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Carlton Alfred Smith, "Christmas Eve"

Holly (Ilex) is a genus of 400 to 600 species of flowering plants in the family Aquifoliaceae, and the only living genus in that family. The species are evergreen and deciduous trees, shrubs, and climbers from tropics to temperate zones worldwide. Holly has cultural significance due to its use as a decoration, the green leaves and red berries of certain species being associated with Christmas.


  • Green, slender, leaf-clad holly-boughs
    Were twisted gracefu' round her brows,
    I took her for some Scottish Muse,
    By that same token,
    An' come to stop those reckless vows,
    Would soon be broken.
  • All green was vanished save of pine and yew,
    That still displayed their melancholy hue;
    Save the green holly with its berries red,
    And the green moss that o'er the gravel spread.

Hoyt's New Cyclopedia Of Practical Quotations[edit]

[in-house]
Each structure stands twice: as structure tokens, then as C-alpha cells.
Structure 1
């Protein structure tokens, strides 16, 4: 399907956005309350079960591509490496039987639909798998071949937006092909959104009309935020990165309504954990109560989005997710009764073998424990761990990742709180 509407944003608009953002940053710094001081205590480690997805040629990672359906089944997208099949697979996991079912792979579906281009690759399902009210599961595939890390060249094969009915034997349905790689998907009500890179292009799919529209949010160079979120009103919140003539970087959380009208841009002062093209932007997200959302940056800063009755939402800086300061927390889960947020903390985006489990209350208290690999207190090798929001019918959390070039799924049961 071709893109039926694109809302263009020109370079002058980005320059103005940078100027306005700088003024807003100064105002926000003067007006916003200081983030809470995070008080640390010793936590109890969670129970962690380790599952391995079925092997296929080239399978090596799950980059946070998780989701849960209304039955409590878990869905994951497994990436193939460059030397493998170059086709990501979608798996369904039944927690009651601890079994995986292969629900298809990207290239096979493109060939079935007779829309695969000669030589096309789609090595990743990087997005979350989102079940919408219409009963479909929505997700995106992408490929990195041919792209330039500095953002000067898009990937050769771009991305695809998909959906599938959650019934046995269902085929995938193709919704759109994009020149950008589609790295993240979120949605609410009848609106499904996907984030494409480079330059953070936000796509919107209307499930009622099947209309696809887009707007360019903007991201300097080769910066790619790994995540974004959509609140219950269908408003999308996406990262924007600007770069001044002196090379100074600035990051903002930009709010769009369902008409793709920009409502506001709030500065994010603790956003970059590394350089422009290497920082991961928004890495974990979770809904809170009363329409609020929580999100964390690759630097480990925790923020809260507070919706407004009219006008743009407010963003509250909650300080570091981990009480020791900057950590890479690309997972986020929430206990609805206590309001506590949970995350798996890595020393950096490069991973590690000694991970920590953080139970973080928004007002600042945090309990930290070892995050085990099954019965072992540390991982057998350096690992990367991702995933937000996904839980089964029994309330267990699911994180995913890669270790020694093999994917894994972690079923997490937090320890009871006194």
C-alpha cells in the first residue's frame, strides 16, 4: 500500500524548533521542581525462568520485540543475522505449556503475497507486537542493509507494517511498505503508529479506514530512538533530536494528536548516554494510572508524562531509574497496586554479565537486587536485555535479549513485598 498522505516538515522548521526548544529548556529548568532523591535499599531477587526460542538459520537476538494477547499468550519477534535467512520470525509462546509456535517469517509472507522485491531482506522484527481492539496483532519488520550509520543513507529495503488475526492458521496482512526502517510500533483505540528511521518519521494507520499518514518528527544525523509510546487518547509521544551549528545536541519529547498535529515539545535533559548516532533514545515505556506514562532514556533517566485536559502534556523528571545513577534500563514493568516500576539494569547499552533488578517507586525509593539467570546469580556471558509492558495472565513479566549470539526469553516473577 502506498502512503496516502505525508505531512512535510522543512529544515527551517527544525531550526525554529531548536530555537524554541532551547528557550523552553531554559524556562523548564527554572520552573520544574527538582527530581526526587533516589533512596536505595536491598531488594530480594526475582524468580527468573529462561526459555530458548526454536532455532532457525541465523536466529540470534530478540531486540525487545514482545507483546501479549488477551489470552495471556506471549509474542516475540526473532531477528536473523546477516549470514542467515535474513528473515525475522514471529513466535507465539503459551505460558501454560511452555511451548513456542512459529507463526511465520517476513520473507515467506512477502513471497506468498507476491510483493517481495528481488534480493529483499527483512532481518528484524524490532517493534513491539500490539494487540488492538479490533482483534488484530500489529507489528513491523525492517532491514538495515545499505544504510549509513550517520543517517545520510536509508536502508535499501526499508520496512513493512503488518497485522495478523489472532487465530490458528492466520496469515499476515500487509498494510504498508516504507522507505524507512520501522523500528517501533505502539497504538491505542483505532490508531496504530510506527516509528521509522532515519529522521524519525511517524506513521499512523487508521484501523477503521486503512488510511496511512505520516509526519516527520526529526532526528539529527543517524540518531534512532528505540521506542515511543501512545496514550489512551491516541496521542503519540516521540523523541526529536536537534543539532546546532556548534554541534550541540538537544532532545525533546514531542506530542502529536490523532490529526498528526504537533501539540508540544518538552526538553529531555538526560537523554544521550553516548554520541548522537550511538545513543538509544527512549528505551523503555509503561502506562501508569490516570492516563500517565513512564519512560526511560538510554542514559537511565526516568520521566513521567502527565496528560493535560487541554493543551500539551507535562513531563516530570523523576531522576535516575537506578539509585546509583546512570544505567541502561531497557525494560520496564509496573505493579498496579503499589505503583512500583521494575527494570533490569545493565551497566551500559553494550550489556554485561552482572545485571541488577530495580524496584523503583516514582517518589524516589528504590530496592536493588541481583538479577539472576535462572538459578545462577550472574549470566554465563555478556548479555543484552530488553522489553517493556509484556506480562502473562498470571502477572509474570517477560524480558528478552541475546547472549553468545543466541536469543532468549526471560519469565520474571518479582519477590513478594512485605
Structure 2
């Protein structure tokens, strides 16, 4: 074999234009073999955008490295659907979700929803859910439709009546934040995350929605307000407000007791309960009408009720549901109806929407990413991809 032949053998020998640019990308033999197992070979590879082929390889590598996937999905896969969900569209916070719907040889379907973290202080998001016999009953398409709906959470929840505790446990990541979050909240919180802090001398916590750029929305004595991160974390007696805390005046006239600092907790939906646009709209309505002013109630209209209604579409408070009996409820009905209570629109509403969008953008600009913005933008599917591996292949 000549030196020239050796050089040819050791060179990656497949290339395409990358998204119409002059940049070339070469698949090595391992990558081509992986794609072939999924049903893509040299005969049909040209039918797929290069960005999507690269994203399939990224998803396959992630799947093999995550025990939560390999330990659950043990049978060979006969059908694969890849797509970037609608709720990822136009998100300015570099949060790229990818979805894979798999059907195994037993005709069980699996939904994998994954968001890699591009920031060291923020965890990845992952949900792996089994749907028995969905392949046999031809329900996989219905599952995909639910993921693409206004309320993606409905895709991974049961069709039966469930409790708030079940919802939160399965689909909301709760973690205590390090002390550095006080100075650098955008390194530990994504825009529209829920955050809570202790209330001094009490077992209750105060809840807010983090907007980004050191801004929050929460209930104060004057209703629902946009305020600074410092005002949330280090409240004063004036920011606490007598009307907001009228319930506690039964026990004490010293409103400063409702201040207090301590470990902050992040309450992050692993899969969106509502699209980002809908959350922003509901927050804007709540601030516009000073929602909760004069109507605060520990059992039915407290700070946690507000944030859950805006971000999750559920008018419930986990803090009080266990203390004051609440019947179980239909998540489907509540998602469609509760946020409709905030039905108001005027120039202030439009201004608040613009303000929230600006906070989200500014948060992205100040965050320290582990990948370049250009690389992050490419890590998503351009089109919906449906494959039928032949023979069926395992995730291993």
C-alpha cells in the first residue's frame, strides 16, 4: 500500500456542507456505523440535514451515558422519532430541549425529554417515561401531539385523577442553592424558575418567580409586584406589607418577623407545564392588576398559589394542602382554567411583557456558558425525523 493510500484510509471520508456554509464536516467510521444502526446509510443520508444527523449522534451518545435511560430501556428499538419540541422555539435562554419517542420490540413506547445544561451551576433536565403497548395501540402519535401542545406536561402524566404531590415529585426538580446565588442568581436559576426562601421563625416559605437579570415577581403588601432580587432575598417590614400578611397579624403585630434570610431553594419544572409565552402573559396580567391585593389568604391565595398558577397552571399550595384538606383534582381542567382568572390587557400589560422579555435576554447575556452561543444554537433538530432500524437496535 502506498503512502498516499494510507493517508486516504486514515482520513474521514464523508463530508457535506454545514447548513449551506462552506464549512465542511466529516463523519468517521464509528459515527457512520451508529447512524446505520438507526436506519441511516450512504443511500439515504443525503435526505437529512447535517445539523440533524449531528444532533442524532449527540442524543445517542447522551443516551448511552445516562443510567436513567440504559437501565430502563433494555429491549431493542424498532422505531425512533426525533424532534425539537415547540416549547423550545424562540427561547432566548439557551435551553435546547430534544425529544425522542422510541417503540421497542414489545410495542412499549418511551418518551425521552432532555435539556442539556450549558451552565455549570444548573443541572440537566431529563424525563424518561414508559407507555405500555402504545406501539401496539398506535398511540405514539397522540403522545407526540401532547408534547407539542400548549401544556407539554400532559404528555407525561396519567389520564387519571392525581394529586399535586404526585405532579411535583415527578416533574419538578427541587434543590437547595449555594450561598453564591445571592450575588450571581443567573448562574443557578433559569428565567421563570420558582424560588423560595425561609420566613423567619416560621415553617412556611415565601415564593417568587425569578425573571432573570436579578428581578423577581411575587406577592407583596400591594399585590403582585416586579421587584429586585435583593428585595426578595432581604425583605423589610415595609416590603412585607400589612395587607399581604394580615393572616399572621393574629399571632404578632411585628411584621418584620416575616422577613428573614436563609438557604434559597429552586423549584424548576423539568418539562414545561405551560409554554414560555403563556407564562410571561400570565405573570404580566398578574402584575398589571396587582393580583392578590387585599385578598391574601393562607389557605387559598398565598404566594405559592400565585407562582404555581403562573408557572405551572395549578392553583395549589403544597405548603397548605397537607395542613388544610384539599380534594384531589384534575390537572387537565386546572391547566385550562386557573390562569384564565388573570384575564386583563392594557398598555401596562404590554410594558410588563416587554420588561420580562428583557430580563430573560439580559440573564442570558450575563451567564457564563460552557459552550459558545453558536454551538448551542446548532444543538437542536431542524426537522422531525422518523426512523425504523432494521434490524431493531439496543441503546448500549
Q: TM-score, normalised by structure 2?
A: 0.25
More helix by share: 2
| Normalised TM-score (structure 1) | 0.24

Quotes reported in Hoyt's New Cyclopedia Of Practical Quotations (1922), p. 369.
  • Those hollies of themselves a shape
    As of an arbor took.
  • And as, when all the summer trees are seen
    So bright and green,
    The Holly leaves a sober hue display
    Less bright than they,
    But when the bare and wintry woods we see,
    What then so cheerful as the Holly-tree?
  • O Reader! hast thou ever stood to see
    The Holly-tree?
    The eye that contemplates it well perceives
    Its glossy leaves
    Ordered by an Intelligence so wise
    As might confound the Atheist's sophistries.

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